However, Wolfestone also maintains its headquarters in Swansea, Wales, where it has been based since 2006. This means that the Wolfestone team have long been used to remote working, whether it be collaborating with colleagues remotely or managing a mixed team of office-based and remote staff.
And thanks to Brexit, this increase in remote working and working from home is set to become the norm for many UK-based companies.
So… What are the best ways to approach remote working?
We turned to our own talented team to find out.
Top Tips on Remote Working
Managing a Remote Team
Frequent communication without being overbearing
“Communication is key - it can feel isolating when people are working from home, as staff can miss the day-to-day updates that happen in and around the office. It’s therefore important to pass information onto remote staff but also make sure they know they can reach out to you or the team at any time. The tricky thing is finding the right balance between staying attentive to their needs and not being overbearing.” - Craig Alliss, Head of Sales
Skype rather than e-mail
“I find keeping in contact with the team via video helpful, as it makes a welcome change from communicating in writing or e-mail.” - Anna Bastek, CEO and co-founder
Setting clear KPIs and monitoring them, but with the staff member’s full knowledge and consent
“There are key indicators that aid with managing remote staff without needing to be constantly phoning, emailing or Skype calling. Setting clear KPIs and having the ability to monitor this activity without needing to ask is key. As long as staff are aware you are setting KPIs and monitoring them for their training and development, you can quickly identify problem areas, but more importantly celebrate and highlight areas of success!” - Craig Alliss, Head of Sales
Regular chats and activities
"I think it’s important to be having regular chats with colleagues to help counter feelings of isolation. We’re actually planning some remote activities in the next few weeks to keep morale up, which is crucial for a strong remote working culture." - Alex Parr, Managing Director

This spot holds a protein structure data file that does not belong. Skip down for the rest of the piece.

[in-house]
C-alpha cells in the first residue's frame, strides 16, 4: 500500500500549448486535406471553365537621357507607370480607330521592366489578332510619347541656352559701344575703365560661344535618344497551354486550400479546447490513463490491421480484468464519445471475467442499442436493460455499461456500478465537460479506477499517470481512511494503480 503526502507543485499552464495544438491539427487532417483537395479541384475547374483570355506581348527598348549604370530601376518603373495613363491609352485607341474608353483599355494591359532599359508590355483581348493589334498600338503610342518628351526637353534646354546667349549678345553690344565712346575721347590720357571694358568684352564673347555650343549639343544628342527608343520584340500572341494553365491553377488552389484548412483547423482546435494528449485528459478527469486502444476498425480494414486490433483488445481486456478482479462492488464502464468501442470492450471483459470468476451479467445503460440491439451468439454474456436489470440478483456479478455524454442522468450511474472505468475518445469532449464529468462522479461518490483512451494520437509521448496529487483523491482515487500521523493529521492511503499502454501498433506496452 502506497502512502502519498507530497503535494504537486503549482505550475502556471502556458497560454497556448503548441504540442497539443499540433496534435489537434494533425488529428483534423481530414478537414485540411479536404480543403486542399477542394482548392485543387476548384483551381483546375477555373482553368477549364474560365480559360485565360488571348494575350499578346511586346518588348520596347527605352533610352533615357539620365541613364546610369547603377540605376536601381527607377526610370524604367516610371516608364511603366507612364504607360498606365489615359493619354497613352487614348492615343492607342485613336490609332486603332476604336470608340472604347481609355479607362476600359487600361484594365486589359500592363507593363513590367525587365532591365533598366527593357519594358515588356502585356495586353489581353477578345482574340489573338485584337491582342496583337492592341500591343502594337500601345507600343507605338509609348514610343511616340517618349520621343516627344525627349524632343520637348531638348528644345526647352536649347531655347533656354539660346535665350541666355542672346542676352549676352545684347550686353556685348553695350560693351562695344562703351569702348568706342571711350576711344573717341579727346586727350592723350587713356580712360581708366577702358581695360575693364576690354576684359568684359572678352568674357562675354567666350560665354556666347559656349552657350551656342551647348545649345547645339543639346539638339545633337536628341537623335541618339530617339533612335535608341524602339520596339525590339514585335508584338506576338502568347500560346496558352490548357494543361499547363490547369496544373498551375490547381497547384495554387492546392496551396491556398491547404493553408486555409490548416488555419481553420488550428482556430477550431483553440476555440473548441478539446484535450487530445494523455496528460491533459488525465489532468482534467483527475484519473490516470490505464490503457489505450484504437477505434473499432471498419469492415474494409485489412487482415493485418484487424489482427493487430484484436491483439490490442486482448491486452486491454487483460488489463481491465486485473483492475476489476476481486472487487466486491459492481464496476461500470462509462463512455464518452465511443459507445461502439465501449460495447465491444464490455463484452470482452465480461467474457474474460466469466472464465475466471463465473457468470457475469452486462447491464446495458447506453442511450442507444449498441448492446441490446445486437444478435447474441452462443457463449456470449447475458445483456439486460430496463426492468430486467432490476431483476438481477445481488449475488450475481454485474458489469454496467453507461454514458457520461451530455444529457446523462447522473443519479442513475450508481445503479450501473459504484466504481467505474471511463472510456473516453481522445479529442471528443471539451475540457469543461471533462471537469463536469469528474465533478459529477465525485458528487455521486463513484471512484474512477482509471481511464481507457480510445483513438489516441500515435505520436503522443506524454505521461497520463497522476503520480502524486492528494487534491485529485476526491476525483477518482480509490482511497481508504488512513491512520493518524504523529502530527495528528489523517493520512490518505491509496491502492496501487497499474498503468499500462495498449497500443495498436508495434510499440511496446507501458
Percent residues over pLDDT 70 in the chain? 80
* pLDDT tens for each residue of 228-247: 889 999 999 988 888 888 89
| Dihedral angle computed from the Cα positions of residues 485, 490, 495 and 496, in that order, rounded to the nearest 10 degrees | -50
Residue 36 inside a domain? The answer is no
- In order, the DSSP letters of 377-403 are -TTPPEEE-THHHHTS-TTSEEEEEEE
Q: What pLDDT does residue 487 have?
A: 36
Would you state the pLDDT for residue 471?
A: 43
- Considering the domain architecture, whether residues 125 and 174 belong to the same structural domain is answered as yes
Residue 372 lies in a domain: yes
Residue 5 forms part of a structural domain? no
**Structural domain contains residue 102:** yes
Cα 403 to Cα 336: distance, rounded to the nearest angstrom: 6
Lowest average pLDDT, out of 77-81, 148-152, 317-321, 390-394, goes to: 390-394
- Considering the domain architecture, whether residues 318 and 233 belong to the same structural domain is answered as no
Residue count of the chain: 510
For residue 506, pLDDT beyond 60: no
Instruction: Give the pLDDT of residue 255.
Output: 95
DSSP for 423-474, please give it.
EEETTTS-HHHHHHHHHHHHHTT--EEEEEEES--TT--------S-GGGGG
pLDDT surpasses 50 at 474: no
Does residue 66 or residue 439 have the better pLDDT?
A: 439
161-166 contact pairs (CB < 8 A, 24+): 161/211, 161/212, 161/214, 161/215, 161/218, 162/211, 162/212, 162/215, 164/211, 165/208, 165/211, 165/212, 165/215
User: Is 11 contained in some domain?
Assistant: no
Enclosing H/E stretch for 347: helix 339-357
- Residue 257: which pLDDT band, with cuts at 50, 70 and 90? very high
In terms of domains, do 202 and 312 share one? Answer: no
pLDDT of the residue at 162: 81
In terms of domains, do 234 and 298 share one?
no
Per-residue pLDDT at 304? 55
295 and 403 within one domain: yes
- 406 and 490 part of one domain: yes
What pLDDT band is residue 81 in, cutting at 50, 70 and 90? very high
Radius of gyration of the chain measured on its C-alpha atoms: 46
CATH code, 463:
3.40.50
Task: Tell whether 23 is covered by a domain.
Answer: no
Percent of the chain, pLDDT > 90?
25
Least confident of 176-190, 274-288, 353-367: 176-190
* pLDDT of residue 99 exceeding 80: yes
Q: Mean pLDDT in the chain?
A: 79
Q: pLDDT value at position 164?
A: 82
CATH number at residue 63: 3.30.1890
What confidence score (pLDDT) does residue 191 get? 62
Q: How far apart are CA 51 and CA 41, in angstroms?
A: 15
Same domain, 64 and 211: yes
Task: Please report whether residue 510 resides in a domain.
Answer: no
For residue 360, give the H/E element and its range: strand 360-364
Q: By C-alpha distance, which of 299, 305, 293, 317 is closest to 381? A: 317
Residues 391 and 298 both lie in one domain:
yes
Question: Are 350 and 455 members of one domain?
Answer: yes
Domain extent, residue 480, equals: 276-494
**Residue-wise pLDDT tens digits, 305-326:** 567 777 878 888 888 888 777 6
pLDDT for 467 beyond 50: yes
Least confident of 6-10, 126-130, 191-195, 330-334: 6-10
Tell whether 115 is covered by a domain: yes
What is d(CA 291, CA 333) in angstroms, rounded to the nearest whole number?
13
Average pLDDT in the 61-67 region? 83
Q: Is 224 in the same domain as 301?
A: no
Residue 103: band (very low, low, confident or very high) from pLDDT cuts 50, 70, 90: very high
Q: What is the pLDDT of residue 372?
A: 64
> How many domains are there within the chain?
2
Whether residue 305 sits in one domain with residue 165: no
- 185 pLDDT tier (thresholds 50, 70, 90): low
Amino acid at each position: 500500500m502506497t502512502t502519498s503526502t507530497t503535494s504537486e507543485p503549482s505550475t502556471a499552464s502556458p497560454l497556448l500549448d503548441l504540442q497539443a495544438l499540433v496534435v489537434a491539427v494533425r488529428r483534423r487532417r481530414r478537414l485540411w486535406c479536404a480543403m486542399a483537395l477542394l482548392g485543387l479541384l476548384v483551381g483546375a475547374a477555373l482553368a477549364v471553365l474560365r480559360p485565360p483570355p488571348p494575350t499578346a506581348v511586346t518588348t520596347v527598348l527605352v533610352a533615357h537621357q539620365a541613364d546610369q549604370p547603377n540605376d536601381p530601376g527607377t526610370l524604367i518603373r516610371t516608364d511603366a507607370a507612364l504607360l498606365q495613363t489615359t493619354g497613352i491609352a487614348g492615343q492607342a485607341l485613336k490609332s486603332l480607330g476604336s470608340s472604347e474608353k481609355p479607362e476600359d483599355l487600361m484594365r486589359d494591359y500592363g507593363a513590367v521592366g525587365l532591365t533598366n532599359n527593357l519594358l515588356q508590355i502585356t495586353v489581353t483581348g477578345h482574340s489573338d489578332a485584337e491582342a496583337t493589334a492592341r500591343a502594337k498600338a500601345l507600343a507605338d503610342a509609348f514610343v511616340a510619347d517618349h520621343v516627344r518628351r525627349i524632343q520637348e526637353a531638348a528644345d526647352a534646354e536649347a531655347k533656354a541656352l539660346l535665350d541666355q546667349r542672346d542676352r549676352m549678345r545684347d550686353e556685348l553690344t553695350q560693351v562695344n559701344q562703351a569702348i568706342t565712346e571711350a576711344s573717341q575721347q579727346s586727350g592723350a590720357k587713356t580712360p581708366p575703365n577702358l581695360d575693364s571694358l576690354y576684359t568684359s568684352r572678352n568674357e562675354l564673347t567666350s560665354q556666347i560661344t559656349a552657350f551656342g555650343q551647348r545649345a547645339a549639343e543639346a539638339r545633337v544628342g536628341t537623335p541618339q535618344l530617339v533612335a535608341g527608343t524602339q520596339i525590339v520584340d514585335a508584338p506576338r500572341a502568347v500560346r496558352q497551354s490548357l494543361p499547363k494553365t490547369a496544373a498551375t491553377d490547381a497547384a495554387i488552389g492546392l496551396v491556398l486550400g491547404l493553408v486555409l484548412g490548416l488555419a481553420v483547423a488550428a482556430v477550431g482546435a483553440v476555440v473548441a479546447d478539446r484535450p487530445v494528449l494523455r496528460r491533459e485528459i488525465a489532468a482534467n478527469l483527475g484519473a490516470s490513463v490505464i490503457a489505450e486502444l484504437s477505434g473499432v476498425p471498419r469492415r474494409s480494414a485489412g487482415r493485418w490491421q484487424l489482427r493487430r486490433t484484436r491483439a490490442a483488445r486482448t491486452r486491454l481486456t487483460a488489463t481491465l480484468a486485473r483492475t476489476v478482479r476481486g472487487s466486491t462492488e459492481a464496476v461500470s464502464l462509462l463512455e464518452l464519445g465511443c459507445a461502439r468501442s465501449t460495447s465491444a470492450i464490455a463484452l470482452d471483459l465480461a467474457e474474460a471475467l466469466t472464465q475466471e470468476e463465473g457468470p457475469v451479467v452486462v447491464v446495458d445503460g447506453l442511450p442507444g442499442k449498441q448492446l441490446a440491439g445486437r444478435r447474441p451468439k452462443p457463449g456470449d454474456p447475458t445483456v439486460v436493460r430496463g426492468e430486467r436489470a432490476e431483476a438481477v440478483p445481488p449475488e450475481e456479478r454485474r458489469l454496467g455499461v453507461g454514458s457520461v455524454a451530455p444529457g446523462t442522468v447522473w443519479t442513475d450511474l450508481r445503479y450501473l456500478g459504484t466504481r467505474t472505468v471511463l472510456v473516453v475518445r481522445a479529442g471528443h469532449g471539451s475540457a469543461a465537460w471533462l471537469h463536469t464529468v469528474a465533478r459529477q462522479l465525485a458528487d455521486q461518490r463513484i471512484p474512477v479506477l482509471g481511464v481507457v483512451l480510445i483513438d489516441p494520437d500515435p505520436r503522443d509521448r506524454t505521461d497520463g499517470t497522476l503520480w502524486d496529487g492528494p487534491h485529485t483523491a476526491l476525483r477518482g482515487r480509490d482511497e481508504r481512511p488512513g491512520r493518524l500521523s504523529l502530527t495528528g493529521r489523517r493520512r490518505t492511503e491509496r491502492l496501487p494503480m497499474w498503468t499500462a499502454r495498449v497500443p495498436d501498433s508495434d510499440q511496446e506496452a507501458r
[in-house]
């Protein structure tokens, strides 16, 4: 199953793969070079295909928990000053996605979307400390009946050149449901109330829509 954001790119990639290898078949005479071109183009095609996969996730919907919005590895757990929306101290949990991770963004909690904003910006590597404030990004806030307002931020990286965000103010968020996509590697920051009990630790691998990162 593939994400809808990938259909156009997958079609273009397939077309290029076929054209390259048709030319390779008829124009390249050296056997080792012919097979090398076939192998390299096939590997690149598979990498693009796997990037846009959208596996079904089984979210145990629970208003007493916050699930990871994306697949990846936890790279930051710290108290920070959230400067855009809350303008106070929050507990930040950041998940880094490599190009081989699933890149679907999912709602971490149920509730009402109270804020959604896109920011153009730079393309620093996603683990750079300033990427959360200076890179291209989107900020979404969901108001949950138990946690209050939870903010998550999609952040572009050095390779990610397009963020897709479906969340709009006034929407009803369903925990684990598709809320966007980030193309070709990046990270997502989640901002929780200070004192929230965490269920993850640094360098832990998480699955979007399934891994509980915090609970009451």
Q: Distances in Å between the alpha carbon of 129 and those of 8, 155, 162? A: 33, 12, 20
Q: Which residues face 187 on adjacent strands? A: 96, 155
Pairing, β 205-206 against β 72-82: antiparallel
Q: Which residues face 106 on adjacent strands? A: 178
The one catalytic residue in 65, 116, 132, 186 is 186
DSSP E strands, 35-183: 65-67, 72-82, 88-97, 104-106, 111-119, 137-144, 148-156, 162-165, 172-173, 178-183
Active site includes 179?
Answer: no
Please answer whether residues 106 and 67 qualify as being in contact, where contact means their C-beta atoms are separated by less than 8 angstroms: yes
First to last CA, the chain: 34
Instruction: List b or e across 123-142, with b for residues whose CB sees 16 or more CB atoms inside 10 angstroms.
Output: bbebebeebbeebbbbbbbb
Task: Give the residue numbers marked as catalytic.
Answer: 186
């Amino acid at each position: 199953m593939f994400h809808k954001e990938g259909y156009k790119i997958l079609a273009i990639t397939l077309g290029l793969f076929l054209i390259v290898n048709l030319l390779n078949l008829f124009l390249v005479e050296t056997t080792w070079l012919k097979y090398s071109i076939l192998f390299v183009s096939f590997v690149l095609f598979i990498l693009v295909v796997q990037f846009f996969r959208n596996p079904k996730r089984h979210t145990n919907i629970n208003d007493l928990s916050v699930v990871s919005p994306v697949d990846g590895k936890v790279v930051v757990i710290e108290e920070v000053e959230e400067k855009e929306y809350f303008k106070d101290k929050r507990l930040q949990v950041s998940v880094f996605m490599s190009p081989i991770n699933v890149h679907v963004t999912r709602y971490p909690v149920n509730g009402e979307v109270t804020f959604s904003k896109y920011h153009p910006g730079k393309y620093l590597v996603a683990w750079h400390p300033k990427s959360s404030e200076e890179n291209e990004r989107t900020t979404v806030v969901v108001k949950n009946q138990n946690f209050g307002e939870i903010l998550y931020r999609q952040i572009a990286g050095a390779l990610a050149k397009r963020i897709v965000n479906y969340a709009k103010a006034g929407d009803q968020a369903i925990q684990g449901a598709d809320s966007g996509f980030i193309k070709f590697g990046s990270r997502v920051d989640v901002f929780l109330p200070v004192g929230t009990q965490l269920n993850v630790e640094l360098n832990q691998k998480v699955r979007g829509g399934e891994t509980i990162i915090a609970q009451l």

Making expectations clear
“Make sure the team knows their KPIs and objectives and your expectations of them – that gives them focus, and as a manager you can track their progress towards those rather than worry about how they're spending each day when you can't see them. It's about finding balance between making sure everyone is on track whilst ensuring the team knows you trust them to get on with things. If you don't trust your team to do their work just because they're remote, you have bigger issues than the distance!” - Chloë Driscoll, Operations Manager
Working from home
“Take regular breaks. You can be stuck at your desk and consume a lot of screen time when working from home. Take a break every 90 minutes or so, stretch your legs and, where possible, speak to someone – not necessarily about work. You will feel refreshed and be able to refocus on your ongoing tasks.” - Craig Alliss, Head of Sales
Move, move, move
“Get moving every hour at least!” - Anna Bastek, CEO and co-founder
“Having the radio on can help boost the atmosphere and any feelings of isolation” - Alex Parr, Managing Director
“Set tasks for the day - early on these tasks maybe set with your manager and these may change through the day as demands arise, but having clear tasks you would like to achieve will help you stay focused and you will feel great when you achieve what you have set out to do!” - Craig Alliss, Head of Sales